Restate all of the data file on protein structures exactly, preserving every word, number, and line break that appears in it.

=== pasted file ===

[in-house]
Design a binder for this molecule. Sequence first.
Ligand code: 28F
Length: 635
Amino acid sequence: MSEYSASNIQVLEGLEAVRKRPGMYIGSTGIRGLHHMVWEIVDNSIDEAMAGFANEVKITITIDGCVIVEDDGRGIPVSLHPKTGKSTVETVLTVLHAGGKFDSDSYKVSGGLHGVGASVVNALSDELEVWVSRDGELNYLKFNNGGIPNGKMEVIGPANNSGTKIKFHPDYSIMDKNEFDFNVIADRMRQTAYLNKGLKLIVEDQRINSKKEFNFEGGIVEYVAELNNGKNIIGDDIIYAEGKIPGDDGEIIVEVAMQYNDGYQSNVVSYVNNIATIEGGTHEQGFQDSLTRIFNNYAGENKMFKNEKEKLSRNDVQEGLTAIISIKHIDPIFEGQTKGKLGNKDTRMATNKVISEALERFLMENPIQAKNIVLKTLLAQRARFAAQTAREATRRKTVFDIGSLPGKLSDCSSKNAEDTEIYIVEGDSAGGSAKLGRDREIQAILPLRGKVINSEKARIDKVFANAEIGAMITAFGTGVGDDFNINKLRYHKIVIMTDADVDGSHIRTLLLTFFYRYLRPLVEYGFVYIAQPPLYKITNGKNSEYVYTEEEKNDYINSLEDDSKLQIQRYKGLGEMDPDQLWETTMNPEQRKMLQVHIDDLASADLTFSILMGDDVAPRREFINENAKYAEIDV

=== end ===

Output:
[in-house]
Design a binder for this molecule. Sequence first.
Ligand code: 28F
Length: 635
Amino acid sequence: MSEYSASNIQVLEGLEAVRKRPGMYIGSTGIRGLHHMVWEIVDNSIDEAMAGFANEVKITITIDGCVIVEDDGRGIPVSLHPKTGKSTVETVLTVLHAGGKFDSDSYKVSGGLHGVGASVVNALSDELEVWVSRDGELNYLKFNNGGIPNGKMEVIGPANNSGTKIKFHPDYSIMDKNEFDFNVIADRMRQTAYLNKGLKLIVEDQRINSKKEFNFEGGIVEYVAELNNGKNIIGDDIIYAEGKIPGDDGEIIVEVAMQYNDGYQSNVVSYVNNIATIEGGTHEQGFQDSLTRIFNNYAGENKMFKNEKEKLSRNDVQEGLTAIISIKHIDPIFEGQTKGKLGNKDTRMATNKVISEALERFLMENPIQAKNIVLKTLLAQRARFAAQTAREATRRKTVFDIGSLPGKLSDCSSKNAEDTEIYIVEGDSAGGSAKLGRDREIQAILPLRGKVINSEKARIDKVFANAEIGAMITAFGTGVGDDFNINKLRYHKIVIMTDADVDGSHIRTLLLTFFYRYLRPLVEYGFVYIAQPPLYKITNGKNSEYVYTEEEKNDYINSLEDDSKLQIQRYKGLGEMDPDQLWETTMNPEQRKMLQVHIDDLASADLTFSILMGDDVAPRREFINENAKYAEIDV